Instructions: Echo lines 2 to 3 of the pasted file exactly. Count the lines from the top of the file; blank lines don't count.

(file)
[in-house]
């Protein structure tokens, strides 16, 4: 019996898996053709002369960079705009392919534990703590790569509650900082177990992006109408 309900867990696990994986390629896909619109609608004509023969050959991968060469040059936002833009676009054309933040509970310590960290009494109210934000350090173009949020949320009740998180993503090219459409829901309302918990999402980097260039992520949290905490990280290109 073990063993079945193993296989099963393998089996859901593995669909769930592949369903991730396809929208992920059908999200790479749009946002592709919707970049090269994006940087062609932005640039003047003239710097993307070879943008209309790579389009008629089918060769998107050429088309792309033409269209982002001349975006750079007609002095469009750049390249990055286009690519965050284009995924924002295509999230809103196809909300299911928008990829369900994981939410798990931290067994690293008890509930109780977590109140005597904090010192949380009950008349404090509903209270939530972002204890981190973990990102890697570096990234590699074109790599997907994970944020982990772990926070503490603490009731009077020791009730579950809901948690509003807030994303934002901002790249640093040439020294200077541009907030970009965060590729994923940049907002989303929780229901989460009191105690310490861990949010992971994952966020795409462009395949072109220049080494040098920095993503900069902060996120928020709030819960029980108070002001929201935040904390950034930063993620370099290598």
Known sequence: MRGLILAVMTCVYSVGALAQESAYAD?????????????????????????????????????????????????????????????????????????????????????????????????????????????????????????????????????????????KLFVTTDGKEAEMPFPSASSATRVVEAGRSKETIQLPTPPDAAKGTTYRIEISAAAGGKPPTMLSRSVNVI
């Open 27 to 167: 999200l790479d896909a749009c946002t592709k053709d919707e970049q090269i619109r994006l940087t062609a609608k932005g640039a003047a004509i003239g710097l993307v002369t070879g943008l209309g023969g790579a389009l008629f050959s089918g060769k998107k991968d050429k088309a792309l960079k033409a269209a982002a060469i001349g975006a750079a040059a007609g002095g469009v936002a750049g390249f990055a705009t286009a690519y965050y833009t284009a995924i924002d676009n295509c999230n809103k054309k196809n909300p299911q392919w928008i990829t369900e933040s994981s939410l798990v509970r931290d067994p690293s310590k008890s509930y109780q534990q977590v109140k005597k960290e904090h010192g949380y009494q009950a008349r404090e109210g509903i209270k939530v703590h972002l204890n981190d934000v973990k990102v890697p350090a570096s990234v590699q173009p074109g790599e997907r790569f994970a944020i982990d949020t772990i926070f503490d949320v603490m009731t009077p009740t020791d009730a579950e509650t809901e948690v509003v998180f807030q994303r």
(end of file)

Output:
């Protein structure tokens, strides 16, 4: 019996898996053709002369960079705009392919534990703590790569509650900082177990992006109408 309900867990696990994986390629896909619109609608004509023969050959991968060469040059936002833009676009054309933040509970310590960290009494109210934000350090173009949020949320009740998180993503090219459409829901309302918990999402980097260039992520949290905490990280290109 073990063993079945193993296989099963393998089996859901593995669909769930592949369903991730396809929208992920059908999200790479749009946002592709919707970049090269994006940087062609932005640039003047003239710097993307070879943008209309790579389009008629089918060769998107050429088309792309033409269209982002001349975006750079007609002095469009750049390249990055286009690519965050284009995924924002295509999230809103196809909300299911928008990829369900994981939410798990931290067994690293008890509930109780977590109140005597904090010192949380009950008349404090509903209270939530972002204890981190973990990102890697570096990234590699074109790599997907994970944020982990772990926070503490603490009731009077020791009730579950809901948690509003807030994303934002901002790249640093040439020294200077541009907030970009965060590729994923940049907002989303929780229901989460009191105690310490861990949010992971994952966020795409462009395949072109220049080494040098920095993503900069902060996120928020709030819960029980108070002001929201935040904390950034930063993620370099290598």
Known sequence: MRGLILAVMTCVYSVGALAQESAYAD?????????????????????????????????????????????????????????????????????????????????????????????????????????????????????????????????????????????KLFVTTDGKEAEMPFPSASSATRVVEAGRSKETIQLPTPPDAAKGTTYRIEISAAAGGKPPTMLSRSVNVI